Edgewood United Church

Lansing, Michigan
United Church of Christ

Guiding theological question: What does it mean to be called, as an individual and as a church, to be a neighbor and serve in your neighborhood?

Guiding Scripture passage: Mark 12:30-31: You shall love the Lord your God with all your heart, and with all your soul, and with all your mind, and with all your strength.’ The second is this, ‘You shall love your neighbor as yourself.’ There is no other commandment greater than these.”

Signs of change:

  • There is more of a willingness to share our personal stories and be introspective about the ways our experiences have shaped our faith because of the model of lay preachers sharing to the whole congregations and small groups and workshops creating safe space for people to try new language or open up.
  • There is more intentionality around expressing what we are called to do or respond to in a particular moment (what programs/ministries should we take on, what important issues should we give our attention), rather than being as reactive or following the loudest voice. This is due to weaving in the language of call in everywhere from worship to education to committee meetings – it is slowly becoming a part of our culture.

Year 2 Activities

  • Provide a prayer resource for every Edgewood household and youth/child.

  • Lay preachers featuring stories of vocation, connecting God and faith to our work.

  • 4 week worship series in January featuring guest preachers across the United Church of Christ to expand our stories of vocation.

  • Create neighborhood cohorts across the congregation and invite each cohort into a series of relationship building, prayer, and mutual support activities.

  • Work with a coach from Vibrant Faith to explore Edgewood’s call as a neighbor.

  • Explore call to advocacy for Palestine with online panel discussions and guest preacher.

Year 1 Learnings

  • Our two evening dinner & conversations with the Islamic Center taught us that there are ways we express ourselves that are particular to our faith tradition, both how faith shows up in our work places and what justice commitments we are drawn to. There was a lot of overlap in the wider themes of faith & work and justice, but why things were important or the justice causes to which we were called differed across religious communities.
  • We learned that practicing the language of call is important to deepening our understanding of it. Each of us has call experiences, but we don’t always know how to articulate them as call stories or do not have practice making connections between those stories and our faith values or themes in scripture.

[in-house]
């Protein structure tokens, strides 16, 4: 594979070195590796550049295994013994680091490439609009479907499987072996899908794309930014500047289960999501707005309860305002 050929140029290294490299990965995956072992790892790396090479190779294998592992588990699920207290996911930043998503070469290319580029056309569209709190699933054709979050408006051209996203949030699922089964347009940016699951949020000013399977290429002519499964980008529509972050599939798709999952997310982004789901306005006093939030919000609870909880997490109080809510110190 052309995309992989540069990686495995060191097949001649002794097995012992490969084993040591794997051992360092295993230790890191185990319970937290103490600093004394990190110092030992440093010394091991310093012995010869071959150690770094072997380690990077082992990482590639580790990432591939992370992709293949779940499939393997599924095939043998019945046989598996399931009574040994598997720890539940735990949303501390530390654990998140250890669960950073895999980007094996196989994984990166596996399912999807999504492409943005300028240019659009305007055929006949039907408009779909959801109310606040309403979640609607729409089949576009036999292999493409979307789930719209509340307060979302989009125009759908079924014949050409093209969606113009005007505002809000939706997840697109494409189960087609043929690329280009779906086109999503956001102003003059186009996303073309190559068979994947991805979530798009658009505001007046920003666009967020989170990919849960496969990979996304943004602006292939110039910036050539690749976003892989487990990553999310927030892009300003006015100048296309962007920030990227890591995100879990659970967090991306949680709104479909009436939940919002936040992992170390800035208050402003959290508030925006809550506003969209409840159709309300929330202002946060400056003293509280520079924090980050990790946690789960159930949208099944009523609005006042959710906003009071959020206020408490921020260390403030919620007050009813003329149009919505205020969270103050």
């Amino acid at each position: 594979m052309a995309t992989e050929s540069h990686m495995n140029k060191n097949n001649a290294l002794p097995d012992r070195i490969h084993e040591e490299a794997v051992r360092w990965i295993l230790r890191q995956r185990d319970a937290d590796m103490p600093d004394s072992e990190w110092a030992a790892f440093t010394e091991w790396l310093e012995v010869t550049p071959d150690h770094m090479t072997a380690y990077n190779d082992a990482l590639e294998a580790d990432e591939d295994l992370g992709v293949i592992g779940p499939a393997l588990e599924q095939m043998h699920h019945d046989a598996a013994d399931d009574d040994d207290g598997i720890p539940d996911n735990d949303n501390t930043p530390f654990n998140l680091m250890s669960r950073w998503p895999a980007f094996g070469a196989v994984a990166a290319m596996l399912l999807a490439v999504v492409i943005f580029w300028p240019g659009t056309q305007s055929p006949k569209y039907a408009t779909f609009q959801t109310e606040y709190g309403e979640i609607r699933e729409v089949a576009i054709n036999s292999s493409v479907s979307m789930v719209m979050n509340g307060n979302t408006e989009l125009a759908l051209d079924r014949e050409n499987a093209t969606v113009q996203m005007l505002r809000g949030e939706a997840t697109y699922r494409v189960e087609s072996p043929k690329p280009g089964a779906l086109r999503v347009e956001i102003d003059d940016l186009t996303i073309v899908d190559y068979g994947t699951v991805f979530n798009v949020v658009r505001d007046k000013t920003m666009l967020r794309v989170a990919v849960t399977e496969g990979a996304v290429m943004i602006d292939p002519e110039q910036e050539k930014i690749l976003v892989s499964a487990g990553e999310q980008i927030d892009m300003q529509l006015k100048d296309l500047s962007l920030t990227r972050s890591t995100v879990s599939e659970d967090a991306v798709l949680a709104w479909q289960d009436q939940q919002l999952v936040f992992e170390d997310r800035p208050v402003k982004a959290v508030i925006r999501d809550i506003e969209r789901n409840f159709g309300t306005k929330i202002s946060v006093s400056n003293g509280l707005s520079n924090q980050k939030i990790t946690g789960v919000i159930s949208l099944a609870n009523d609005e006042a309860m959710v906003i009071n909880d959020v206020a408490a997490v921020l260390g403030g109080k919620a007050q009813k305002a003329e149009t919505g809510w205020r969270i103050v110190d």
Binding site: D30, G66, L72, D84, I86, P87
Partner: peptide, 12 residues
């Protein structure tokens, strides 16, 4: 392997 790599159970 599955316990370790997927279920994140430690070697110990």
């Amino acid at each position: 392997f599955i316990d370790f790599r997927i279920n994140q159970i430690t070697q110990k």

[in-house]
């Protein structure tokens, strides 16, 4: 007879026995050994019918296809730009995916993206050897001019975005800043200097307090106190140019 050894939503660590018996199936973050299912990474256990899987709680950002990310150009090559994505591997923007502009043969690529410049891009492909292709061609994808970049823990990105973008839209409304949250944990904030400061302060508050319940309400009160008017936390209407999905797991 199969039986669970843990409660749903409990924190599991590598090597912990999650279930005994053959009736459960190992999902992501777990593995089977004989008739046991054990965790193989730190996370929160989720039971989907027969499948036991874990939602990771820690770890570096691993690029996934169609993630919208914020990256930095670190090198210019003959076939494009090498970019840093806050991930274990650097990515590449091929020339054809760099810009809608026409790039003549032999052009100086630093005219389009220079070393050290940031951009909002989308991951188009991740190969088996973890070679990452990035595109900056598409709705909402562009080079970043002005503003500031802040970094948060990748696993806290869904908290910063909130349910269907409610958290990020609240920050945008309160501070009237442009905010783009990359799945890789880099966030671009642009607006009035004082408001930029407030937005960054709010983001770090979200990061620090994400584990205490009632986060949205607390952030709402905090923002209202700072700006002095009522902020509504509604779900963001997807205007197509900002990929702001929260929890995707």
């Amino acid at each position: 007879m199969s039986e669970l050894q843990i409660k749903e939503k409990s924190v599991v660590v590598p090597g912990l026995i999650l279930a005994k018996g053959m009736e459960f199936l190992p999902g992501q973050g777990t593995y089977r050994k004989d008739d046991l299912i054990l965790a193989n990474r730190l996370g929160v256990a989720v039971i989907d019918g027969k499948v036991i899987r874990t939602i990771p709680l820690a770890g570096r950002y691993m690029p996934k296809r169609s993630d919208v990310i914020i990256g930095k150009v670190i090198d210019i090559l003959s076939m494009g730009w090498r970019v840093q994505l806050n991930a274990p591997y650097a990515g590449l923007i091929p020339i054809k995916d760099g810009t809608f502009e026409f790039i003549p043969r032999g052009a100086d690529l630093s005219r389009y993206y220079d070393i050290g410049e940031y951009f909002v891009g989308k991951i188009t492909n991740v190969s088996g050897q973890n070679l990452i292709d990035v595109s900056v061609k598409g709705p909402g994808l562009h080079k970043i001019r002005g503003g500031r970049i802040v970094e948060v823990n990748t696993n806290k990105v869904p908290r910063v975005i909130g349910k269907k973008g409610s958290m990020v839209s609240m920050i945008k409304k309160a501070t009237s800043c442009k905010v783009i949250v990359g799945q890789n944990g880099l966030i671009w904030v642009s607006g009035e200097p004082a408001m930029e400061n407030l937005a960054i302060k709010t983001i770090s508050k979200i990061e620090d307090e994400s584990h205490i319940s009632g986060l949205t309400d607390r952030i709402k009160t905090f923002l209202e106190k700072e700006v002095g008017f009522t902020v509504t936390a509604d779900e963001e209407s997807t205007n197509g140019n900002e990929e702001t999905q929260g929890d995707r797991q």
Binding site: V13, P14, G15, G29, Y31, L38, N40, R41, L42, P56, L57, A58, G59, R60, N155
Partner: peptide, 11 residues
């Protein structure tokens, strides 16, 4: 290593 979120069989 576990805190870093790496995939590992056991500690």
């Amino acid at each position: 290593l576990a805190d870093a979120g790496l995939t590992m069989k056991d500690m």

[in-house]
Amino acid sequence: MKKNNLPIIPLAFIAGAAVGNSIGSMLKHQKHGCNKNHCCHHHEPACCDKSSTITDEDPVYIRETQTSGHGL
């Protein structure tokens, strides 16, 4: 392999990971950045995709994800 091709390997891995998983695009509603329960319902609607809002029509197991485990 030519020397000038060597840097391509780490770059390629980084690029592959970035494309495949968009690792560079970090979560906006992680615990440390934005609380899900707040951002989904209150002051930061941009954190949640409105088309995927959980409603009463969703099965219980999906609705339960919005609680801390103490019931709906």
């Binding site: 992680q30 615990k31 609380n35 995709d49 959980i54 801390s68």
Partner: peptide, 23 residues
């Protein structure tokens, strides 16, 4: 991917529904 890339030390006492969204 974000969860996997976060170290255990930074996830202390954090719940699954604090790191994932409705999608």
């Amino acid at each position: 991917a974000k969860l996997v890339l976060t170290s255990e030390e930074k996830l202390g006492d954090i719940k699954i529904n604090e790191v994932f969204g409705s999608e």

• We learned that sharing our experiences in small groups, and hearing others reflect back what they heard us say, helps us find deeper meaning in them. Our lay preachers reflected this to me in the responses they received from the congregation, our small groups learned this each week together in their discussions, and our workshop on aging & memory loss created a space where not only did people feel less along in their experiences, but they found richer meaning and purpose in roles as caretakers that often felt overwhelming and devoid of value.

Resources Developed by Edgewood

Recommended Prayer & Study Resources

  • We recently sang “Like a Mother Who Has Borne Us” and without picking it as a “hymn on vocation” noticed the refrain is “God has called us into life/walked with us in life/calls us into life/walks with us in life.” The main verses speak of our call to work for justice and speak strongly of a congregation’s vocation.  Great hymn!

  • The Growing Edge podcast with Parker Palmer and Carrie Newcomer. It is about life, nurturing your spirit, following you call, and how to do that in the chaos of daily life. 

Congregation Story

When did your church last take on something new?

This February, Edgewood voted to adopt an Environmental Justice covenant. It was the culmination of almost a decade of work—integrating recycling and sustainable practices for our building, providing ongoing environmental education to members, and becoming the first congregation in mid-Michigan to install solar panels on our roof. Passionate lay leaders at Edgewood committed two years to work on the covenant: slowing teaching and listening, laying a Biblical foundation, and inspiring the rest of us to integrate these practices in our own lives.

We did not originally have the covenant as our end goal, but rather, it was an organic process that challenged us to go deeper in our environmental commitment while responding to the immediate needs of the congregation to speed up or slow down as needed. For example, when we first discussed solar panels there was pushback from some members of the congregation about expense and necessity. These members felt so heard and respected that by the time the congregation voted on installing them, the vote was unanimous and the fundraising campaign was quickly and generously funded.

Celebration was an important part of the process: we had an official “ribbon cutting” for our solar panels and a blessing of our Environmental Justice covenant. Local media attention at the celebration resulted in sending lay leaders to other congregations to share our experience and help equip them for their own journey.

We learned that listening to one another, open communication, and adapting our plans and hopes to respond to our community helps us be successful. Through this process Environmental Justice has moved from the passion of a few to a core foundation of our congregation.